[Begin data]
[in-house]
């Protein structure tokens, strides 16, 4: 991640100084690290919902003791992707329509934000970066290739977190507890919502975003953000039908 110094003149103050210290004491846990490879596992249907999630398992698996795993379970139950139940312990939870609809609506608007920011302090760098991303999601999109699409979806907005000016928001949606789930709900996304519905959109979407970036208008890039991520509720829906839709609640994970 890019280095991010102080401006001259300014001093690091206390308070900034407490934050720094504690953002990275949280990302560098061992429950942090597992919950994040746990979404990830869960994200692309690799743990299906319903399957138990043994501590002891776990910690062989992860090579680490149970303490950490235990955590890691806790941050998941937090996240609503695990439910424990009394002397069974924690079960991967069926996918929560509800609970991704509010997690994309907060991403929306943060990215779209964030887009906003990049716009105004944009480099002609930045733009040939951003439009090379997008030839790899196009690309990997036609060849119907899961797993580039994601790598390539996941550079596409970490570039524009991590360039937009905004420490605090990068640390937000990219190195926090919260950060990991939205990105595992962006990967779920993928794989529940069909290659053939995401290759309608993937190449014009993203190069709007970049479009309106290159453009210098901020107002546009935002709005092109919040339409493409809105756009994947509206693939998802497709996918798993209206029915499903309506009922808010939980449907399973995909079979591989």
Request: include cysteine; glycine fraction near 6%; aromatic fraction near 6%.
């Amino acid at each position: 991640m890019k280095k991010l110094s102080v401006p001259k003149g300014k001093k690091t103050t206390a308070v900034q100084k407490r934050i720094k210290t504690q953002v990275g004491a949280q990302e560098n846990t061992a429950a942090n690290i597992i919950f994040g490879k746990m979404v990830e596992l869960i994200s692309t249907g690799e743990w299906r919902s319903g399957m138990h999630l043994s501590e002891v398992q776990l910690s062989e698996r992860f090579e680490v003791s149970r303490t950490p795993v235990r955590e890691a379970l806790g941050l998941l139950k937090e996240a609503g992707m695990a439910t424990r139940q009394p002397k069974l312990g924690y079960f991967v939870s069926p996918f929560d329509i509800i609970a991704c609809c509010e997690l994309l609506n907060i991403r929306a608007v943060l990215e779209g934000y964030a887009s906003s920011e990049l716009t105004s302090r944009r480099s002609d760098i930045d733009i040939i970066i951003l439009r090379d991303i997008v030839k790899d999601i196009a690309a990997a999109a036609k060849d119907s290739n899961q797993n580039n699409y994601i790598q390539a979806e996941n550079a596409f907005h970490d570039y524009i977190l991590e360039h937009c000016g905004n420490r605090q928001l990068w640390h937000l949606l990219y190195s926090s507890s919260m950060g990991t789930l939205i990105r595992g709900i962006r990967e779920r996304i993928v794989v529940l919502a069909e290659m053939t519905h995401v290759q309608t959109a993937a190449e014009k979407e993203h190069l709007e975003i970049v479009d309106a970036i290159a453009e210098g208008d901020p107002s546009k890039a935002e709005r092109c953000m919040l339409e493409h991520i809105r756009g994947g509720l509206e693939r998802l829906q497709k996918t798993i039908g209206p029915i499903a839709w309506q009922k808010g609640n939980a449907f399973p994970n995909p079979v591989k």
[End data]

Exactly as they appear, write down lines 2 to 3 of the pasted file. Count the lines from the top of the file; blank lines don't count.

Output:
């Protein structure tokens, strides 16, 4: 991640100084690290919902003791992707329509934000970066290739977190507890919502975003953000039908 110094003149103050210290004491846990490879596992249907999630398992698996795993379970139950139940312990939870609809609506608007920011302090760098991303999601999109699409979806907005000016928001949606789930709900996304519905959109979407970036208008890039991520509720829906839709609640994970 890019280095991010102080401006001259300014001093690091206390308070900034407490934050720094504690953002990275949280990302560098061992429950942090597992919950994040746990979404990830869960994200692309690799743990299906319903399957138990043994501590002891776990910690062989992860090579680490149970303490950490235990955590890691806790941050998941937090996240609503695990439910424990009394002397069974924690079960991967069926996918929560509800609970991704509010997690994309907060991403929306943060990215779209964030887009906003990049716009105004944009480099002609930045733009040939951003439009090379997008030839790899196009690309990997036609060849119907899961797993580039994601790598390539996941550079596409970490570039524009991590360039937009905004420490605090990068640390937000990219190195926090919260950060990991939205990105595992962006990967779920993928794989529940069909290659053939995401290759309608993937190449014009993203190069709007970049479009309106290159453009210098901020107002546009935002709005092109919040339409493409809105756009994947509206693939998802497709996918798993209206029915499903309506009922808010939980449907399973995909079979591989």
Request: include cysteine; glycine fraction near 6%; aromatic fraction near 6%.